New coffee-table books provide more than just pretty pictures
We’re not too entirely fond of what might be termed “coffee table books” here at Rock Star Journalist – mainly because our coffee table is covered with back issues of Smithsonian and the wife’s textbooks. We also just prefer books with text. We’re readers, and outgrew picture books sometime around kindergarten.
However, there are some big ol’ art books that do a fine job of using the large format to display gorgeous artwork alongside insightful text, and in those rare instances, it’s our duty to bring them to your attention. We’re fortunate enough to have had two such books land on our desk this past week.
First up is Matthew Chojnacki‘s Put the Needle On the Record: The 1980s at 45 Revolutions Per Minute, from Schiffer. It’s a selection of 45 single sleeves from Chojnacki’s personal collection. Now, what makes this worthwhile (being as how there’s myriad cover art books out there) is the way Chojnacki has his pages set up. Each pair of facing pages pairs two singles with each other, based on similar content, be it artistic, stylistic, song content, or something else not immediately apparent.
Case in point: He pairs the covers for DJ Jazzy Jeff & the Fresh Prince’s “A Nightmare on My Street” with the Fat Boys’ “Are You ready For Freddy?” There’s background on both groups, and a little analysis of the Freddy Krueger phenomenon. They don’t mention the fact that the Fat Boys’ rendition was an officially-licensed tie-in, while “A Nightmare on My Street” came with a disclaimer.
That’s the one and only problem in Put the Needle On the Record – the sleeves look wonderful, but they take up such a large amount of space, it’s impossible to add much more text than a couple of paragraphs. Chojnacki’s interviews with the artists involved are wonderful, and illuminate a lot about how the song and art go together, but there’s so little, one wishes that the pictures were just slightly smaller, and the text just slightly more.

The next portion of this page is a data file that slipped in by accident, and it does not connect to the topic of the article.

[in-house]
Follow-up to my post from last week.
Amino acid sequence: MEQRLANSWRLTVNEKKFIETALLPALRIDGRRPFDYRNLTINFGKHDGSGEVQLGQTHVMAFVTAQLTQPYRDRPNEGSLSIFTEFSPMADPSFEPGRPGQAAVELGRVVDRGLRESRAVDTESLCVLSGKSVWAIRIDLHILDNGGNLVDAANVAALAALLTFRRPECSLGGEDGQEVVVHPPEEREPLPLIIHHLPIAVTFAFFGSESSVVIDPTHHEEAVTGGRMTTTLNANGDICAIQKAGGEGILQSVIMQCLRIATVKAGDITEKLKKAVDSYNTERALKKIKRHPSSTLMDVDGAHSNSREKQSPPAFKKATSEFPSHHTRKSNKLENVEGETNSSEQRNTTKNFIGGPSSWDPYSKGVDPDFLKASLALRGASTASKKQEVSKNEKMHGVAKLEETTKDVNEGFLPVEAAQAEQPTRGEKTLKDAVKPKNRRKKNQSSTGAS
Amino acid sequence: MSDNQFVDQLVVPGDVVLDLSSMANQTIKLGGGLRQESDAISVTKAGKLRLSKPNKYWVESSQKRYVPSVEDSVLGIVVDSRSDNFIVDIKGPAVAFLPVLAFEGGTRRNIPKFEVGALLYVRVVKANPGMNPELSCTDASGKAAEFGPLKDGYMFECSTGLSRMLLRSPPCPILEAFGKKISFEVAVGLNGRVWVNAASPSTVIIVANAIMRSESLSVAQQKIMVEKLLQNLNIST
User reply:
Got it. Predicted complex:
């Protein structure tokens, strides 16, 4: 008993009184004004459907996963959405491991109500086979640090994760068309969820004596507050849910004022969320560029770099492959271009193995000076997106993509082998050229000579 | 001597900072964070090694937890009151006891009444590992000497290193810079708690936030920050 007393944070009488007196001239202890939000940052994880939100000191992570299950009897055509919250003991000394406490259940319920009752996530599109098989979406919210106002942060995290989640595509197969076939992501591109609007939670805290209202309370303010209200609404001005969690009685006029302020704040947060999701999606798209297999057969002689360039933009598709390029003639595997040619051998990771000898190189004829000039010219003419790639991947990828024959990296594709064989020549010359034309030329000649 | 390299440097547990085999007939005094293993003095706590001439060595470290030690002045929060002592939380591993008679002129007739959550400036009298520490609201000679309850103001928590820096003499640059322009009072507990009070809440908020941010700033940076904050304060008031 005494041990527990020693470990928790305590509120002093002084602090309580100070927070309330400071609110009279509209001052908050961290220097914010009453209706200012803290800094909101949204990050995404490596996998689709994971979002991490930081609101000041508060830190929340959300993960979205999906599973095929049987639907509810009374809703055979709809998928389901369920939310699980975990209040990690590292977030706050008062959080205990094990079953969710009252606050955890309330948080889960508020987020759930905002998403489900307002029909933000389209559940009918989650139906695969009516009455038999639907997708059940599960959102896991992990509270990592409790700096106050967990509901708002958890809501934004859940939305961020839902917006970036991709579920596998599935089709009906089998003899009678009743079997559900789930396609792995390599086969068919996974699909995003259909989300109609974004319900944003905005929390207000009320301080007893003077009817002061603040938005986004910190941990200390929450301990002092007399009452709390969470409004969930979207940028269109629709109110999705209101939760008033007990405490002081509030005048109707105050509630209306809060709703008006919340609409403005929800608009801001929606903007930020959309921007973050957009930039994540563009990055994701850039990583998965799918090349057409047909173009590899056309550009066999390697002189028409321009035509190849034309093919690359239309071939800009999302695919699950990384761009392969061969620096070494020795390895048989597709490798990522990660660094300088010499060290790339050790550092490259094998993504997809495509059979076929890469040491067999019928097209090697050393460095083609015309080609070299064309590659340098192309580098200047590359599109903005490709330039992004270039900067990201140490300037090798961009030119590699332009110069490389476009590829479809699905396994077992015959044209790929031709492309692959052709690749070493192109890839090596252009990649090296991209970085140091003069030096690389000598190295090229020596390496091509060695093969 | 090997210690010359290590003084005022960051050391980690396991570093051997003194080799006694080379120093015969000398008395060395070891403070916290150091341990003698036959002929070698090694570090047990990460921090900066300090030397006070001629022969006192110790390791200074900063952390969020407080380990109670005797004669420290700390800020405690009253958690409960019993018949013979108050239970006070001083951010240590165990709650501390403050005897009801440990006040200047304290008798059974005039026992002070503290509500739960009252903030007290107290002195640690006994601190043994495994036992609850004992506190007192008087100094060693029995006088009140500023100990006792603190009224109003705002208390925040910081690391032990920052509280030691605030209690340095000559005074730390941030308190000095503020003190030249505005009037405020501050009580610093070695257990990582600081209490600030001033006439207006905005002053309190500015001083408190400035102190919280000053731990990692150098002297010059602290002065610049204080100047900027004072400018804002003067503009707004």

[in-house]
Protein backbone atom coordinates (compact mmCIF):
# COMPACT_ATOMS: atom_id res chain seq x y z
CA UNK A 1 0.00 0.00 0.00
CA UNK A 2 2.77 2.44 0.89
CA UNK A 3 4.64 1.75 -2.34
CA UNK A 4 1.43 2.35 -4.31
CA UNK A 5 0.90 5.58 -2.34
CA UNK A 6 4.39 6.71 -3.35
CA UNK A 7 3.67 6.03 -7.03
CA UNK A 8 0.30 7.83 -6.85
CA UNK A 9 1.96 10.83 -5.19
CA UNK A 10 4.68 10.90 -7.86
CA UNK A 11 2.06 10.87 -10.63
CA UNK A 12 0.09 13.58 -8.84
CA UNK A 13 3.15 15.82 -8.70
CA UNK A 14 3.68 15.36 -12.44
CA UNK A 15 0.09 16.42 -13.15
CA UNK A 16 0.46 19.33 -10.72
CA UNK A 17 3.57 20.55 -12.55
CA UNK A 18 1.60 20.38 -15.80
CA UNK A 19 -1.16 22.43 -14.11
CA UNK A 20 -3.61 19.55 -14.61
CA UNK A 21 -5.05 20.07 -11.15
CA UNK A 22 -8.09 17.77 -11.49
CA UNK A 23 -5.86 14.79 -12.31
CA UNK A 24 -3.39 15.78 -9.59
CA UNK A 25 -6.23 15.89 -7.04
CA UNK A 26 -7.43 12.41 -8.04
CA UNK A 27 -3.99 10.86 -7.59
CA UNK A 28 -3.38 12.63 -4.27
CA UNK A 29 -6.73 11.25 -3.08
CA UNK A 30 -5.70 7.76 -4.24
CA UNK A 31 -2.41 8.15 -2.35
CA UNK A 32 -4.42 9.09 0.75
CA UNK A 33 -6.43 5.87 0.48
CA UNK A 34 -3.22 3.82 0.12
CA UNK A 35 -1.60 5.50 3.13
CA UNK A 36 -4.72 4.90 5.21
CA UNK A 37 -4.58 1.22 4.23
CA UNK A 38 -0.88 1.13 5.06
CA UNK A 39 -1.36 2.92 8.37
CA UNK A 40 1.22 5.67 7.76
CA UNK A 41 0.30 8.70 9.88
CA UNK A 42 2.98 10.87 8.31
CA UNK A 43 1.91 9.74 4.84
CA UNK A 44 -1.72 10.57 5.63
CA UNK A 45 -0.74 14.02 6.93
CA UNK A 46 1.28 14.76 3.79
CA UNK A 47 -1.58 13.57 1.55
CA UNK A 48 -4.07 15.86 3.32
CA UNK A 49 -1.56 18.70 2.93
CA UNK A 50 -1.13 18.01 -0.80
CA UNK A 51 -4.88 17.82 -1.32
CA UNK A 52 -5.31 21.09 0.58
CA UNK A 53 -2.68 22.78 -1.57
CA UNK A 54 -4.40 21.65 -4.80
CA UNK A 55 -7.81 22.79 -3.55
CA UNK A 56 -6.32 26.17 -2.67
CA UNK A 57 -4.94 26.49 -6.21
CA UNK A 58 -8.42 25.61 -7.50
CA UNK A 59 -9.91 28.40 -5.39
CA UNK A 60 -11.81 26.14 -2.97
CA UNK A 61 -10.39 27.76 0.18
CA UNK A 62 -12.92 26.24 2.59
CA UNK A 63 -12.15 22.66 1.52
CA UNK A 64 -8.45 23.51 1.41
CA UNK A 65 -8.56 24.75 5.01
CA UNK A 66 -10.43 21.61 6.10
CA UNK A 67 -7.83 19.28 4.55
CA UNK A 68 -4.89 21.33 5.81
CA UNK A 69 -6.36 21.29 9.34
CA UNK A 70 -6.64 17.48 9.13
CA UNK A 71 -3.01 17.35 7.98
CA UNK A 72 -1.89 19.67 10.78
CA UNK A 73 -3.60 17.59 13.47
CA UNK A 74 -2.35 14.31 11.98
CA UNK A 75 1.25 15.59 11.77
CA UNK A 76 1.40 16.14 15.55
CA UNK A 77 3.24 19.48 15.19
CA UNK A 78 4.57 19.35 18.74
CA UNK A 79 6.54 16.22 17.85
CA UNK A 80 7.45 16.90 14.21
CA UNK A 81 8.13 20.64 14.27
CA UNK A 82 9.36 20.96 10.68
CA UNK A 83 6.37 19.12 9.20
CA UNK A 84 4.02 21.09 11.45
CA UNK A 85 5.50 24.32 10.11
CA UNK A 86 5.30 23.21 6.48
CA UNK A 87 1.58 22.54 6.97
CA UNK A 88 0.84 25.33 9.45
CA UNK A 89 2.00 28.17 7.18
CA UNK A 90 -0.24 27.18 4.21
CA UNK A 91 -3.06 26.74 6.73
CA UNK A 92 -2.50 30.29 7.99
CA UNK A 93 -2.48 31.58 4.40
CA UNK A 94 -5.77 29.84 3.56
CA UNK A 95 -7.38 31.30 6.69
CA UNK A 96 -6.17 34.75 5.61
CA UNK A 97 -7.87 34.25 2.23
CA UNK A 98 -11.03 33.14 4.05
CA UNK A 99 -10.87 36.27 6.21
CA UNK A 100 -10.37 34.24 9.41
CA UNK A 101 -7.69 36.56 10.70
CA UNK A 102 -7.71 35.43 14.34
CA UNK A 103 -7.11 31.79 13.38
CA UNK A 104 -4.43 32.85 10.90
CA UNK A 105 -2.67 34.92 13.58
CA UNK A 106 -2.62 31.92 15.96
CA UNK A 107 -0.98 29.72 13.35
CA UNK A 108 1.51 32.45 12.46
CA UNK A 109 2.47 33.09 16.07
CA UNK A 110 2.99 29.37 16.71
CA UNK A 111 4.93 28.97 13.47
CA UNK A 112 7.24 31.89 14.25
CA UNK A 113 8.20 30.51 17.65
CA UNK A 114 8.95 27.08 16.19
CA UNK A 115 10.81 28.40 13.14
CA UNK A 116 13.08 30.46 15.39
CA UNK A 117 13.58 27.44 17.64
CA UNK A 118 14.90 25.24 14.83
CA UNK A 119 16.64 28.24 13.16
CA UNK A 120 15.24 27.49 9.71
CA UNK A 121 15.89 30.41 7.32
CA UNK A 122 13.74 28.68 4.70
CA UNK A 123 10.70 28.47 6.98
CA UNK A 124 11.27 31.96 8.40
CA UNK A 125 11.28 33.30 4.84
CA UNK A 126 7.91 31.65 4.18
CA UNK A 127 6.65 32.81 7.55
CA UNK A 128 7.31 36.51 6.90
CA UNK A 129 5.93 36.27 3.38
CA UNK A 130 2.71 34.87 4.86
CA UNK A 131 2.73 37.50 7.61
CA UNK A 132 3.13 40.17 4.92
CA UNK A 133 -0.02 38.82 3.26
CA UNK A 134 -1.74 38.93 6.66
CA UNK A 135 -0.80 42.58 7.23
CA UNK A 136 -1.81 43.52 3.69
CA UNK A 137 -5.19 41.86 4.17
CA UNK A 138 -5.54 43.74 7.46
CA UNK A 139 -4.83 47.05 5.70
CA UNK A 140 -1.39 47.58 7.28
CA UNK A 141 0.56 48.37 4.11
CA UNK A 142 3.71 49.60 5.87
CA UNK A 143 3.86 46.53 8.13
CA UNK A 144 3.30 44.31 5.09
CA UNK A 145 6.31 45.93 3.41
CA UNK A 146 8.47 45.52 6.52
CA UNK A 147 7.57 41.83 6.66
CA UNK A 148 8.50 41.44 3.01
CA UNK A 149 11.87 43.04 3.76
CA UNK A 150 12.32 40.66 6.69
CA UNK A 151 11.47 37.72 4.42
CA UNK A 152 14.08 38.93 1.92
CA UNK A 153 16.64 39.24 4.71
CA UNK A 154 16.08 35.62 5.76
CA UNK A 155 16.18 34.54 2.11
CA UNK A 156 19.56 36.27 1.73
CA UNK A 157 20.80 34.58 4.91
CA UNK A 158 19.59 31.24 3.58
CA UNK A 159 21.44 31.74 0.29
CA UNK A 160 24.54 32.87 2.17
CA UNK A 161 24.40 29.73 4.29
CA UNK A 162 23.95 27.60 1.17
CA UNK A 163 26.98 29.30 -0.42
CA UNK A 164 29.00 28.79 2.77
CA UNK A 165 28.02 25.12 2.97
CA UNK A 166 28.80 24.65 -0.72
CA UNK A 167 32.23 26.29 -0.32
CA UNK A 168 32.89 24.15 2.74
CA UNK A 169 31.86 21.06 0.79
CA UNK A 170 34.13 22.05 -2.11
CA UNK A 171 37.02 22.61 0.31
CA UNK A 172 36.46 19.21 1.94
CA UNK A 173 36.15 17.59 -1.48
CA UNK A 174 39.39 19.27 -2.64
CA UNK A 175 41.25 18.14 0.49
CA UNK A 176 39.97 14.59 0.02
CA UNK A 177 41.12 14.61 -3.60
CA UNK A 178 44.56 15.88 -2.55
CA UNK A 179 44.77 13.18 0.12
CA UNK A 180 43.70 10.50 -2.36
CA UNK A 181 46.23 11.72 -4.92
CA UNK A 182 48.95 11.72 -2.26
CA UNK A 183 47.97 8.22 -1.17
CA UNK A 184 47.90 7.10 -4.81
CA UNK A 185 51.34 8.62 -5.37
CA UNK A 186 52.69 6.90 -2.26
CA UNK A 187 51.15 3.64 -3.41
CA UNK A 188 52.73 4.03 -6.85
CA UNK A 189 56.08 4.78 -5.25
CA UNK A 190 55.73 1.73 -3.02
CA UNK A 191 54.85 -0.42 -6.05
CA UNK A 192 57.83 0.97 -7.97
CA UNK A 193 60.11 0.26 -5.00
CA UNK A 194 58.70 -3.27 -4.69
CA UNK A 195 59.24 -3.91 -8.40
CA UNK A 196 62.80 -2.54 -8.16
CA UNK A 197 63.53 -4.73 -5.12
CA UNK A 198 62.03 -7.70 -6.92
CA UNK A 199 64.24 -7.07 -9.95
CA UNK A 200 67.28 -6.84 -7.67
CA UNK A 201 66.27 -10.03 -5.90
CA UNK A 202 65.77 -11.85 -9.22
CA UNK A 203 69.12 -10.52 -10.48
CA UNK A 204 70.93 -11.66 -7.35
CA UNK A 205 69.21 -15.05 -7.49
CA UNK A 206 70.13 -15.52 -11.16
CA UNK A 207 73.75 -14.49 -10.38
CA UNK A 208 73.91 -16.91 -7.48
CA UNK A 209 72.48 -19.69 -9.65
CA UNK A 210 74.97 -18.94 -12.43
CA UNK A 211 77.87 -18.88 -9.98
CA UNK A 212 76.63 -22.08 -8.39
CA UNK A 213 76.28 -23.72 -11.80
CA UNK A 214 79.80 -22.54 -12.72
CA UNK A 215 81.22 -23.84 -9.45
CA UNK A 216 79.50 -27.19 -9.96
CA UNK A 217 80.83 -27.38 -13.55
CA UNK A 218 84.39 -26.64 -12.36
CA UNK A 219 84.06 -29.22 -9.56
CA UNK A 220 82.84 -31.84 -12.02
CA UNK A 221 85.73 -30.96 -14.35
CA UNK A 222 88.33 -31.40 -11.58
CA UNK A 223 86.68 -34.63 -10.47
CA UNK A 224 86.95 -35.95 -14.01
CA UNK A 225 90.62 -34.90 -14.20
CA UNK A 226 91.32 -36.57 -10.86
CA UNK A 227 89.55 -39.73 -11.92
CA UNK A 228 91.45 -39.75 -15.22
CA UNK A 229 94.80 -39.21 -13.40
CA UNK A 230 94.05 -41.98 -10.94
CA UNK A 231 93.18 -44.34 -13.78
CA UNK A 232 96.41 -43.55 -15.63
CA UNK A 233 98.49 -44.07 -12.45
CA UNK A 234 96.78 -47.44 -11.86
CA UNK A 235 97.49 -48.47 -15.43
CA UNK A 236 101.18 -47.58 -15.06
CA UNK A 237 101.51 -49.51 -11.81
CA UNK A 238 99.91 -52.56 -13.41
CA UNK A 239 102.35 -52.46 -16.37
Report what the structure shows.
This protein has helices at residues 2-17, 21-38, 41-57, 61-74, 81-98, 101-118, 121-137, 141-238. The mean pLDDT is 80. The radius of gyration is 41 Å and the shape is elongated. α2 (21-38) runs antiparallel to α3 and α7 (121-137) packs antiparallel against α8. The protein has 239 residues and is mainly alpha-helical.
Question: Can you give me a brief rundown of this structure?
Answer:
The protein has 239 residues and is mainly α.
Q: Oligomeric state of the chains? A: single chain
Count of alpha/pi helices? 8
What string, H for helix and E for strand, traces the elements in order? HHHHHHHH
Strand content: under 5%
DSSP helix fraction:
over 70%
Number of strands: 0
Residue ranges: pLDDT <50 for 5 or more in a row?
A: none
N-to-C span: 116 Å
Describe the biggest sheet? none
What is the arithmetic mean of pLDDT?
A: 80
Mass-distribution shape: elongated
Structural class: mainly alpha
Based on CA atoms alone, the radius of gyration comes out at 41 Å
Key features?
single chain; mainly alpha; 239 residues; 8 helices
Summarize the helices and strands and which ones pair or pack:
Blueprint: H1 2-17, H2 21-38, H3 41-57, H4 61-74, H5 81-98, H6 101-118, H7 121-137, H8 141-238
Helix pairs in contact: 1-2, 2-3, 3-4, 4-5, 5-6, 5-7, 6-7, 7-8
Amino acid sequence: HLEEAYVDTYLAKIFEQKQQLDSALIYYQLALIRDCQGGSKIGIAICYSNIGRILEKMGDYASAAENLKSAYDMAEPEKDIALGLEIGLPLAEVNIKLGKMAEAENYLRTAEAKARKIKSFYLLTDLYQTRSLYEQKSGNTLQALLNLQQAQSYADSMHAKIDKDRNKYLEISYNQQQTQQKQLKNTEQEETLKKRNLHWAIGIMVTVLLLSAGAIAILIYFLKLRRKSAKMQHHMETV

As a counterpoint, Tom Barry‘s work with photographer Sophia Schorr-Kon for Mark Batty Publisher, Balance: European Hardcore, does a wonderful job of pairing text with imagery. Barry’s in-person scene reports from Germany, France, the UK, and other countries document the underground hardcore scene in Europe. It helps that Barry speaks the language – he’s the drummer for London’s Kartel, and this is not something with which he’s unfamiliar.
The passion that comes from the musicians and hardcore kids being interviewed is palpable. There are folks who do, in fact, balance a life where they have to work long hours at unpleasant jobs, and then devote all their free time to a music with little-to-no financial reward. Adam, of Poland’s Stone Heart, works in a mine. Knowing that makes the photo of him at a show that much more intensely emotional.
The photography by Schorr-Kon is almost cinematic. Images of folks in the pit or bands on stage are shown in sequence, allowing the reader of the book to get an idea of the intensity of what’s at play, here. The photography is crisp, with a heavy amount of shadow. Schorr-Kon is playing with the light/dark dynamic in the pages of Balance, and it works out well. Even if you’re not a fan of the new, slightly more brutal angle of the newer forms of hardcore, this is the sort of the book that will instill you with a new sense of respect for the individuals in the scene. I’d suggest popping over to the Songkick blog, where they’ve got a great selection of pictures from the book.
Both of these books work well, in the sense that they make the reader want to start pulling out singles, LPs, and CDs, and calling up old favorites in iTunes. You’ll see an image of some dude throwing down with some windmill kicks in the pit, and next thing you know, you’re slam-dancing along to Sick of It All’s “Step Down” video in your basement. Then, you take one look at the B-52′s “Private Idaho” single, and you’re trying to trying to frug with your cat. Strong imagery, and strong textual analysis in these books.